February 6th, 1938 at Bondi Beach will always be remembered in oral folklore as ‘Black Sunday’. We speak to lifesavers and swimmers who were there on a day which saw five people drown and 250 swimmers needing assistance.
"Bondi" or "Boondi" is an Aboriginal word meaning water breaking over rocks or noise of water breaking over rocks. The Australian Museum records that Bondi means place where a flight of nullas took place.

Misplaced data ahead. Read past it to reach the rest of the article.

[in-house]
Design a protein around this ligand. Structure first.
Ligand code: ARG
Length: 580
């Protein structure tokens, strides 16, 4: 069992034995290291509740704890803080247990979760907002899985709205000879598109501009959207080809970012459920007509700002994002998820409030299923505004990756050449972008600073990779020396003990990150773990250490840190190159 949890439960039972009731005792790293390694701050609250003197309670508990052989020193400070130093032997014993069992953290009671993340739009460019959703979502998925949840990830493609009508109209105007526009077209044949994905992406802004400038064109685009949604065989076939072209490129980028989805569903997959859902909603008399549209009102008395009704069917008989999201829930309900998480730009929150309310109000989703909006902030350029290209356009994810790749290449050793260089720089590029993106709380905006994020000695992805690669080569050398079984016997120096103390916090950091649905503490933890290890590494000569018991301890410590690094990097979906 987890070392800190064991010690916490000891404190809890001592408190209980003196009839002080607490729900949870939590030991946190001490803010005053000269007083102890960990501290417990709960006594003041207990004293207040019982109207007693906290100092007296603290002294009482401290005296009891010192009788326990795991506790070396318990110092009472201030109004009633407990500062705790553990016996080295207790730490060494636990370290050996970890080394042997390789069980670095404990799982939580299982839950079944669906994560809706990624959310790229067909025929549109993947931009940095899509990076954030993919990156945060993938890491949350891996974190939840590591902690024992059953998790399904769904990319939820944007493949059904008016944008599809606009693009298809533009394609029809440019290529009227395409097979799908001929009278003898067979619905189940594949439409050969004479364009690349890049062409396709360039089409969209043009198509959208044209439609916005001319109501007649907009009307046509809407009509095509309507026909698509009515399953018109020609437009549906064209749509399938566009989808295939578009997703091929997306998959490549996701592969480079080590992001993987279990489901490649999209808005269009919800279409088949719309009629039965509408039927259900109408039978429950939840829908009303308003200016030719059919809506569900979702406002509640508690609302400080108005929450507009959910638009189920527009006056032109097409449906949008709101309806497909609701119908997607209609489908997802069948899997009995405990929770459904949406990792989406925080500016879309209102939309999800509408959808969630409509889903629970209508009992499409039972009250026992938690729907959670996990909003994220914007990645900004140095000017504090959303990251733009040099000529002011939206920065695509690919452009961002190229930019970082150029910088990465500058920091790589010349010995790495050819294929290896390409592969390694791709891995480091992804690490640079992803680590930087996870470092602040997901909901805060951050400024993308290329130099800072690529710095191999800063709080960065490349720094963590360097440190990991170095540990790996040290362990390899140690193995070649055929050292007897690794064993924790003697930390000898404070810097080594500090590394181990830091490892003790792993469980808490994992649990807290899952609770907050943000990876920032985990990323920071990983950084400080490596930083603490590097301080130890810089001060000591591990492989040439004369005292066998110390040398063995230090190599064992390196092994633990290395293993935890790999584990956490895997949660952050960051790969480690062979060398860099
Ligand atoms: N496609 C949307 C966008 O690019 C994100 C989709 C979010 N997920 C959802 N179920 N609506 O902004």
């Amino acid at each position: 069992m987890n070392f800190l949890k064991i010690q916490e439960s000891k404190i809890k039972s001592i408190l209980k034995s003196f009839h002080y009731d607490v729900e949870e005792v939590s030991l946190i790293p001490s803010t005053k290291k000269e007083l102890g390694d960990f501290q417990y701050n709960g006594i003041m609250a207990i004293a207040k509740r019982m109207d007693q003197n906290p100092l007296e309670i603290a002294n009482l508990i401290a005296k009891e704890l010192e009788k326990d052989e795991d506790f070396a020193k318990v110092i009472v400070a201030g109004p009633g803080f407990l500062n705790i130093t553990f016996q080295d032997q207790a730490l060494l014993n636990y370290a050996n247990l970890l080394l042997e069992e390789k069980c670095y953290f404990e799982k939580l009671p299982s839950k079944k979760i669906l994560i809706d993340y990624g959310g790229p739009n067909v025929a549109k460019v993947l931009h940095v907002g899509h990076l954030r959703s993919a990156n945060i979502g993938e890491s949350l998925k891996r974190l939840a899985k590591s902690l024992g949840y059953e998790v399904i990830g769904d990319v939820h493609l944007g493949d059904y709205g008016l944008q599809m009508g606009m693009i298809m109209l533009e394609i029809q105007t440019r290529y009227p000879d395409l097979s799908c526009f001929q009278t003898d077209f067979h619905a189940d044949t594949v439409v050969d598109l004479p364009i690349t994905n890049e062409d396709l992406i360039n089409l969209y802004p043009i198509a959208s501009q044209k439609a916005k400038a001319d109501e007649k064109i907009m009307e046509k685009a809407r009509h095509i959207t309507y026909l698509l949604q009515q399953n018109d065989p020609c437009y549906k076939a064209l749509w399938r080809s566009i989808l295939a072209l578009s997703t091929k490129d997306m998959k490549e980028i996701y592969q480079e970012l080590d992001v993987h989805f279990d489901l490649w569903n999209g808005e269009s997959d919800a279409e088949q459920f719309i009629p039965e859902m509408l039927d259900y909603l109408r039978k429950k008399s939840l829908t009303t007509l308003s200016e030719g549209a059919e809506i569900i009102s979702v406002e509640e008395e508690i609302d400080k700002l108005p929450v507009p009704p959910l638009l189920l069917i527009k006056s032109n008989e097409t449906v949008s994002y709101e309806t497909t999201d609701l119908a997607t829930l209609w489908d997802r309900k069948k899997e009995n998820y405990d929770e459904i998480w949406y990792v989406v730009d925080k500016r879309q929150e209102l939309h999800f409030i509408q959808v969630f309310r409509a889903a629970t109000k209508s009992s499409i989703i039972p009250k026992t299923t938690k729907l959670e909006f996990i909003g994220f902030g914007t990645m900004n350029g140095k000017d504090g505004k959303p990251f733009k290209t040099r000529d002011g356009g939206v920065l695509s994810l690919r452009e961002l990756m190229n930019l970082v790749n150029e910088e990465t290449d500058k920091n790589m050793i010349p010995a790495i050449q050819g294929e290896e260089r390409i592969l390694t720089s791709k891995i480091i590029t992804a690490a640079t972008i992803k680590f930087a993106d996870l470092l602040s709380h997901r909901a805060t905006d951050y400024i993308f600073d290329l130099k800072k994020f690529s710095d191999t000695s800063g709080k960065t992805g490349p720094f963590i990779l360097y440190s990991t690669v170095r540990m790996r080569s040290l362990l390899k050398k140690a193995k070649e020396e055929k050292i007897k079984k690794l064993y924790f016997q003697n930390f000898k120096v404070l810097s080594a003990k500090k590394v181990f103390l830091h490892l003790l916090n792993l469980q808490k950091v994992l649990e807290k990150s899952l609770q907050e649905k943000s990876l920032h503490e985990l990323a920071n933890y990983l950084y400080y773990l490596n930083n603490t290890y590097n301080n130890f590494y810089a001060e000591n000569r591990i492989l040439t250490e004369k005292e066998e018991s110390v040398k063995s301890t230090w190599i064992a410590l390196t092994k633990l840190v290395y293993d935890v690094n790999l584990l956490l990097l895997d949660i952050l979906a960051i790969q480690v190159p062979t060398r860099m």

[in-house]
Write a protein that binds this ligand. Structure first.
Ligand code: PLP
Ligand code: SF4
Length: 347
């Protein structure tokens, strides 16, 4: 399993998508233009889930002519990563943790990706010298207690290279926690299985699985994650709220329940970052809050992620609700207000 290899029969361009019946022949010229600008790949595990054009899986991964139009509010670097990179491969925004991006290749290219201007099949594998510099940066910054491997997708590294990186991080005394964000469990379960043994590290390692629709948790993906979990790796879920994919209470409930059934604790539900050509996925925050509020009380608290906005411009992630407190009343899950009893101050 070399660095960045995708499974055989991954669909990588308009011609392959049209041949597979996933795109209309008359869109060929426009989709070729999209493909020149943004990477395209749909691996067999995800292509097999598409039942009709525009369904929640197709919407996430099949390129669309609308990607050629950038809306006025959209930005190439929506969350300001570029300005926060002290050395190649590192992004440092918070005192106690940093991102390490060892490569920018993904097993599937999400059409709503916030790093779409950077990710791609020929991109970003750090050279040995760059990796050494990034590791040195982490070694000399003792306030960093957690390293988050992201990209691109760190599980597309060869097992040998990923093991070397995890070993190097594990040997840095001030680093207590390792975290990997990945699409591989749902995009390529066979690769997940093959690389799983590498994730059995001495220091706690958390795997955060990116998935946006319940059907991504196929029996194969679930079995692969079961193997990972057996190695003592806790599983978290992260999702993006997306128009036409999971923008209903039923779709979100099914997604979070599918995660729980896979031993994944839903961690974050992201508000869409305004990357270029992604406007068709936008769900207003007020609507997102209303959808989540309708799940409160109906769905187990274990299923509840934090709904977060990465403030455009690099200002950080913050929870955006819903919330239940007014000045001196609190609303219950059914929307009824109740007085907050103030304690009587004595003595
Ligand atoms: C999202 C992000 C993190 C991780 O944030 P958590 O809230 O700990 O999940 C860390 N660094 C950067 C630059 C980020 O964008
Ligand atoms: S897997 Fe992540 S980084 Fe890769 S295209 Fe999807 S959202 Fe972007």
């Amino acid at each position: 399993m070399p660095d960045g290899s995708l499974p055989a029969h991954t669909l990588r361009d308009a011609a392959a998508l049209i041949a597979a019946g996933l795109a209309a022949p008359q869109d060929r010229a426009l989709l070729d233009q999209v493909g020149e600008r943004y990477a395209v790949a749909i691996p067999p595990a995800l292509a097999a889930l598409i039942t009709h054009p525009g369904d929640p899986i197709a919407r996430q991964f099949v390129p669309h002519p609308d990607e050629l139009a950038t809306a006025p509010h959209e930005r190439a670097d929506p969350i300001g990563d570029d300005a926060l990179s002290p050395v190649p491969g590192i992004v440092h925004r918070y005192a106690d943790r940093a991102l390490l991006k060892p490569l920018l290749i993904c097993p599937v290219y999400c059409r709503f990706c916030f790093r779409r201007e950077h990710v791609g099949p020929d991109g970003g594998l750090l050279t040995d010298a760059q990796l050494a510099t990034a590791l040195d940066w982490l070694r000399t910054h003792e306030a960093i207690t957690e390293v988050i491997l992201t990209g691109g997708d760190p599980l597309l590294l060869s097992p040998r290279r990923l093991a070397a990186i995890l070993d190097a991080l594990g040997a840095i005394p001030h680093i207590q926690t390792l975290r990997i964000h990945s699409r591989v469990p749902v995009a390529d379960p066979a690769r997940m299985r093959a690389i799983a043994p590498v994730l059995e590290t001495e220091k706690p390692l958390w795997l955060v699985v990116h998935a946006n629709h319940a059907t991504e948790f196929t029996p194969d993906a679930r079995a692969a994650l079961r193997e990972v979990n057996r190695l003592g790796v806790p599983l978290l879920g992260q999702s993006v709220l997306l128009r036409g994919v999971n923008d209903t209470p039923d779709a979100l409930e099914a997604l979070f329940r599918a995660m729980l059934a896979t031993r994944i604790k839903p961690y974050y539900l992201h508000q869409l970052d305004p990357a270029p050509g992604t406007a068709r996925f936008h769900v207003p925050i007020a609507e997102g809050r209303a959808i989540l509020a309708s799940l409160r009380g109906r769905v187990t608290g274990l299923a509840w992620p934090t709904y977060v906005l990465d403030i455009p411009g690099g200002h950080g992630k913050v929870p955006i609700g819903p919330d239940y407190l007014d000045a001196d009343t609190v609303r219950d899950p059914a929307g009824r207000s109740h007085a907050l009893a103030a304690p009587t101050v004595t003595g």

In 1809, the road builder William Roberts received a grant of land in the area. In 1851, Edward Smith Hall and Francis O'Brien purchased 200 acres (0.81 km2) of the Bondi area that included most of the beach frontage, which was named the "The Bondi Estate." Hall was O'Brien's father-in-law. Between 1855 and 1877 O'Brien purchased his father-in-law's share of the land, renamed the land the "O'Brien Estate," and made the beach and the surrounding land available to the public as a picnic ground and amusement resort. As the beach became increasingly popular, O'Brien threatened to stop public beach access. However, the Municipal Council believed that the Government needed to intervene to make the beach a public reserve. On 9 June 1882, the Bondi Beach became a public beach.
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